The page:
Some of you know that from March 16-23 I decided to participate in a program of the Interfaith Center of Greater Philadelphia and the University of Wisconsin Eau-Claire’s Better Together initiative. The program was called Interfaith Encounters Alternative Spring Break. There were 44 students from the school from around the world, hailing from various cultural and religious backgrounds. Some of the students were Christian [both Protestant and Catholic]; some Muslims; some Hmong shamans; some Hindus; some agnostics; some atheists; a Wiccan; and some Buddhists. A diverse group, to say the least.

BetterTogether

Most of these students have been taking a course at the University called Engaging Religious Pluralism. As part of this class, students learn about other faiths, but do not limit their learning to textbooks and classroom environments. They actually engage people of other faiths and experience their faith practices. The goal is to promote a better understanding across religious lines and to empower younger generations to be interfaith leaders.

Work in pluralism focuses on being curious and engaging. Pluralism is actually not the same thing as tolerance. Tolerance is putting up with someone who is different than you, i.e. I guess I have to sit next to you or share this planet with you. Pluralism goes beyond just tolerating another person, but is an active attempt to understand that person’s worldview.[1]

Pluralism is based on real human encounters that include dialogue and experience.

Of course, this is part of the problem with our world in general. We don’t encounter and engage those who are different than us. We don’t talk, learn, experience, touch, feel, hear, smell, taste, and understand. We watch 30 second clips on TV or read comments on an internet blog. We make judgments about others based on such ridiculous things. And in turn, I would argue that we disconnect ourselves from our own humanity and our own religious practice. By neglecting to encounter and engage our neighbors, we neglect to know ourselves fully. That is why I got involved with this project, and also because I care deeply about younger generations. So much talk these days in Christian circles about how young people do not go to church. What’s happening? People in churches get scared and more protective of their religious territory. Meanwhile, younger generations are less and less interested in faith community. I know this. I’ve studied this. I have experienced this firsthand. So I wanted to spend a week with these students to learn from them.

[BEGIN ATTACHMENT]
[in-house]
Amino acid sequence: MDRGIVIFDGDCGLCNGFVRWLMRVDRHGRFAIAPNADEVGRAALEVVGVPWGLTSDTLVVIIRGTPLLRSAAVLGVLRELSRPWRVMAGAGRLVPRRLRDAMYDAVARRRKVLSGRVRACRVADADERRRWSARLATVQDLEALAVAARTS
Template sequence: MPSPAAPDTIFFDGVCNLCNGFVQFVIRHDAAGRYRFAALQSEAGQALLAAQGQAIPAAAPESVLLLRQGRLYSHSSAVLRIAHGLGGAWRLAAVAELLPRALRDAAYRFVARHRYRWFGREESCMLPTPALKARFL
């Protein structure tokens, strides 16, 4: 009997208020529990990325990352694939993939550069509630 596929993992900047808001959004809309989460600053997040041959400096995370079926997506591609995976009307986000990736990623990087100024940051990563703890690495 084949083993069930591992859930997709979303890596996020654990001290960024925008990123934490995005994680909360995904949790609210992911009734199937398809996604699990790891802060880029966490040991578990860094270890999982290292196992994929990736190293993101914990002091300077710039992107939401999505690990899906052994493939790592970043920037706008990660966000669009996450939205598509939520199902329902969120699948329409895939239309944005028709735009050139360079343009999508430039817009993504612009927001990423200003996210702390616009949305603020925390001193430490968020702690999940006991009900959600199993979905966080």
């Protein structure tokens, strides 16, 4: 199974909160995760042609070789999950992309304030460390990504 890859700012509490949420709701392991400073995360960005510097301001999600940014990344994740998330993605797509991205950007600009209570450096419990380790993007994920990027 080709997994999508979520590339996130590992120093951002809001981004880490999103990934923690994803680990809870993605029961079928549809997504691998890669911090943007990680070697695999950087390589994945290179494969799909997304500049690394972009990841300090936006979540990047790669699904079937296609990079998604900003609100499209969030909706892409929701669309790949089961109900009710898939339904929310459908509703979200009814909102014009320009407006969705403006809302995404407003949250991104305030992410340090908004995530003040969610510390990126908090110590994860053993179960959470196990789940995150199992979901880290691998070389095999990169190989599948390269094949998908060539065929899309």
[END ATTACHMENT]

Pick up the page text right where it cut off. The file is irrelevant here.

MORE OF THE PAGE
In our meetings to plan the week, we discussed what types of experiences they wanted to have. We were in agreement. We wanted to experience the religious practice of others. We wanted to put on head scarves, eat the food, take off our shoes, sing and chant, smell and taste, see and touch. How do people pray? How do they bless? What books do they treasure? How does their worldview make them better people and inspire them to cooperate with others? How are we different? How are we the same?

For a week we visited 8 different faith communities: an African Methodist Episcopalian Church, a Sikh Gurdwara, a Hindu and Jain temple, a Won Buddhist temple, a Sufi mosque, a Quaker meeting, a Baha’i devotion, and a Reformed Jewish synagogue. And we also engaged 6 service-learning partners: Heeding God’s Call, Philly POWER, Urban Tree Connection, Philly Food SHARE, Church of the Advocate, and New Sanctuary Movement. It is impossible to express just how much we learned and experienced. If you want to learn more about our week, backtrack to these blog entries.

Today’s message—considering my Interfaith Encounters experience and my experience with John’s Gospel–is about low expectations and the power of touch. I mentioned in my Resurrection Sunday [Easter] message last week that the stories of the Bible don’t mean much unless those stories connect with our own stories. So today, let me share some personal stories with you—about Thomas and Jesus and about my week with UW Eau-Claire students.

Each time I read the Jesus resurrection stories, I am reminded of just how low our expectations have become. The Sunday after Easter is the lowest-attended Sunday of the year. Think about why. We really have low expectations for the Gospel stories. Christmas Eve and Easter stories are mere history, fantasy, or tradition. We rarely encounter them [meaning, we rarely read them], and thus, we rarely engage them [meaning question them]. Because of that, we also have low expectations for God’s Spirit moving through our lives and in the lives of others. We set the bar very low for transcendent experiences and things that change us. We ought to participate in religious practice because it moves us to new places and inspires us to do good.